New Jersey Governor Chris Christie met with President Barack Obama on Thursday as the administration considers an aid package for storm cleanup.
The Republican governor talked with Obama before meeting with White House Chief of Staff Jack Lew and Jeffrey Zients, acting director of the Office of Management and Budget, as well as other members of the president’s staff, White House press secretary Jay Carney said.
Obama may send Congress a request for aid to the states most affected by Sandy by the end of the week, Carney said.
In addition to his discussions at the White House, Christie, was also due to meet with House Speaker John Boehner, said Michael Steel, a spokesman for the lawmaker, an Ohio Republican. The governor is scheduled to talk with the state’s two Democratic U.S. senators, Frank Lautenberg and Robert Menendez, according to Caley Gray, a spokesman for Lautenberg.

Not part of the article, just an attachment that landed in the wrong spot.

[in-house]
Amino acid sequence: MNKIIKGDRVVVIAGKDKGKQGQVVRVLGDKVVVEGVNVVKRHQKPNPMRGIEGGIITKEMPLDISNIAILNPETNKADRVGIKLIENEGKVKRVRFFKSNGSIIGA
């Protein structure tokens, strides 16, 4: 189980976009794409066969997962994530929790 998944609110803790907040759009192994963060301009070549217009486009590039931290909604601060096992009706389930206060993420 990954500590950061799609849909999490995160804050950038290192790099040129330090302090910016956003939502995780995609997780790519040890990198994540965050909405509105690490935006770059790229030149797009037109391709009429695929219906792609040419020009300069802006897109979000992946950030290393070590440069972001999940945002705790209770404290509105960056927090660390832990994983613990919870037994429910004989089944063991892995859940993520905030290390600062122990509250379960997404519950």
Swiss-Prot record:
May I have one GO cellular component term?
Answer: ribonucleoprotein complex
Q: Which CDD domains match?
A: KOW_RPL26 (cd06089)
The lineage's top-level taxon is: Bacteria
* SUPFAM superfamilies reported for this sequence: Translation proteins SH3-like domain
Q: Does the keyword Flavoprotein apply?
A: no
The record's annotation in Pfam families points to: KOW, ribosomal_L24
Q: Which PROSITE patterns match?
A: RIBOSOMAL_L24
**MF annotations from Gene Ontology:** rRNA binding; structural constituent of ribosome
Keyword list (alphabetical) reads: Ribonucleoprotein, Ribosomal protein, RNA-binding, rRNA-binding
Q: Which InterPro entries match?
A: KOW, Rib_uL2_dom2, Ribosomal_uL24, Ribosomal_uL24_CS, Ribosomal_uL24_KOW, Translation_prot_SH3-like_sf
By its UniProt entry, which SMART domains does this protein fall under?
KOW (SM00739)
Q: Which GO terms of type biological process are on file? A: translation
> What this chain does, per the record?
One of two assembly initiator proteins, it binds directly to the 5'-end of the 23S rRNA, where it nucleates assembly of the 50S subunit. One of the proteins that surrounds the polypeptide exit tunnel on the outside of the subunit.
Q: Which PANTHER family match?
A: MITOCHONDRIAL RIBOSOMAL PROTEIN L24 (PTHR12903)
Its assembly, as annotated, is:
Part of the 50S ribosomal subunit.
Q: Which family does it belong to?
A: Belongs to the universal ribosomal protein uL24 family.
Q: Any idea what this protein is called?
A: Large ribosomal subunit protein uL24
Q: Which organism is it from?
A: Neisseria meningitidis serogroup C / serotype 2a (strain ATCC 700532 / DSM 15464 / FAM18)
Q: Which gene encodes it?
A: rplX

Obama probably will seek as much as $60 billion to aid states along the East Coast as they recover from superstorm Sandy, Senate Majority Leader Harry Reid, a Nevada Democrat, said earlier this week.
Christie, New York Governor Andrew Cuomo and Connecticut Governor Dannel Malloy, have been pushing lawmakers for almost $83 billion in aid to rebuild the battered region.
Sandy ripped through the three states Oct. 29, killing more than 90 people, flooding New York City’s subway system and ravaging beach towns from New Jersey’s Atlantic City to Bridgeport, Conn.
Efforts to secure aid for the states hit by Sandy might be complicated by the federal government’s own fiscal strains. Obama and congressional Republicans are attempting to negotiate a deal to stop more than $600 billion in automatic tax increases and spending cuts from taking effect starting in January. Those talks are focused on steps to shrink the federal deficit, which is projected to reach $1.1 trillion this year.
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